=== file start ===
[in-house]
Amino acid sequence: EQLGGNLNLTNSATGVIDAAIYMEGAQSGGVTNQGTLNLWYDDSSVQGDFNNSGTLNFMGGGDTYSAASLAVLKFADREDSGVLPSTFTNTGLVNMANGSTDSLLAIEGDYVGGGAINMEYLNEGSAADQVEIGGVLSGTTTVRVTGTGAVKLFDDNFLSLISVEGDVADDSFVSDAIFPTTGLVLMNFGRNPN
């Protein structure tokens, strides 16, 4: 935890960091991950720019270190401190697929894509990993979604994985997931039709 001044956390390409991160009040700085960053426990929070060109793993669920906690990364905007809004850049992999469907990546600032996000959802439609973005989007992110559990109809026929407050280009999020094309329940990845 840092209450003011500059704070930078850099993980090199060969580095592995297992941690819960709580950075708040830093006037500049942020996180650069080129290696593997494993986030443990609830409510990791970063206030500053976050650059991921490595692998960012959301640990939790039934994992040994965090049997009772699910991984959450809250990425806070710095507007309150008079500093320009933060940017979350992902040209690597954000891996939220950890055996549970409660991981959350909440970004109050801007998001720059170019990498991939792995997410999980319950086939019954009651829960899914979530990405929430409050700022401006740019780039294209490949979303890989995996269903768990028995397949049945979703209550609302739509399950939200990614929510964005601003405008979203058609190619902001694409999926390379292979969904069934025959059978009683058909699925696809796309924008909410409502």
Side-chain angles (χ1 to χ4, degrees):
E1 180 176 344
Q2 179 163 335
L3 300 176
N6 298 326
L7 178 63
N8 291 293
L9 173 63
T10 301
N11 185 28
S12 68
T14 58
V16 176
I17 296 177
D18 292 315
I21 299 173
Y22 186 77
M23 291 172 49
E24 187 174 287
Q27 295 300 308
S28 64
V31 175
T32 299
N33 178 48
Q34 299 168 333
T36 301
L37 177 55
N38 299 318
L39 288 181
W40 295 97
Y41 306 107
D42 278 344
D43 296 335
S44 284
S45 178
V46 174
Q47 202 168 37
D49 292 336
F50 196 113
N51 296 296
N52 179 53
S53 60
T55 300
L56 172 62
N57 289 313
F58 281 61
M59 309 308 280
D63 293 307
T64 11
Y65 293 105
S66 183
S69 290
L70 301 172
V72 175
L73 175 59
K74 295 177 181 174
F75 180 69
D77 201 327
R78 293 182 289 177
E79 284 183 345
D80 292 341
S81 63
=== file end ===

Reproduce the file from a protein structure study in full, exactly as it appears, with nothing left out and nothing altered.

[in-house]
Amino acid sequence: EQLGGNLNLTNSATGVIDAAIYMEGAQSGGVTNQGTLNLWYDDSSVQGDFNNSGTLNFMGGGDTYSAASLAVLKFADREDSGVLPSTFTNTGLVNMANGSTDSLLAIEGDYVGGGAINMEYLNEGSAADQVEIGGVLSGTTTVRVTGTGAVKLFDDNFLSLISVEGDVADDSFVSDAIFPTTGLVLMNFGRNPN
């Protein structure tokens, strides 16, 4: 935890960091991950720019270190401190697929894509990993979604994985997931039709 001044956390390409991160009040700085960053426990929070060109793993669920906690990364905007809004850049992999469907990546600032996000959802439609973005989007992110559990109809026929407050280009999020094309329940990845 840092209450003011500059704070930078850099993980090199060969580095592995297992941690819960709580950075708040830093006037500049942020996180650069080129290696593997494993986030443990609830409510990791970063206030500053976050650059991921490595692998960012959301640990939790039934994992040994965090049997009772699910991984959450809250990425806070710095507007309150008079500093320009933060940017979350992902040209690597954000891996939220950890055996549970409660991981959350909440970004109050801007998001720059170019990498991939792995997410999980319950086939019954009651829960899914979530990405929430409050700022401006740019780039294209490949979303890989995996269903768990028995397949049945979703209550609302739509399950939200990614929510964005601003405008979203058609190619902001694409999926390379292979969904069934025959059978009683058909699925696809796309924008909410409502």
Side-chain angles (χ1 to χ4, degrees):
E1 180 176 344
Q2 179 163 335
L3 300 176
N6 298 326
L7 178 63
N8 291 293
L9 173 63
T10 301
N11 185 28
S12 68
T14 58
V16 176
I17 296 177
D18 292 315
I21 299 173
Y22 186 77
M23 291 172 49
E24 187 174 287
Q27 295 300 308
S28 64
V31 175
T32 299
N33 178 48
Q34 299 168 333
T36 301
L37 177 55
N38 299 318
L39 288 181
W40 295 97
Y41 306 107
D42 278 344
D43 296 335
S44 284
S45 178
V46 174
Q47 202 168 37
D49 292 336
F50 196 113
N51 296 296
N52 179 53
S53 60
T55 300
L56 172 62
N57 289 313
F58 281 61
M59 309 308 280
D63 293 307
T64 11
Y65 293 105
S66 183
S69 290
L70 301 172
V72 175
L73 175 59
K74 295 177 181 174
F75 180 69
D77 201 327
R78 293 182 289 177
E79 284 183 345
D80 292 341
S81 63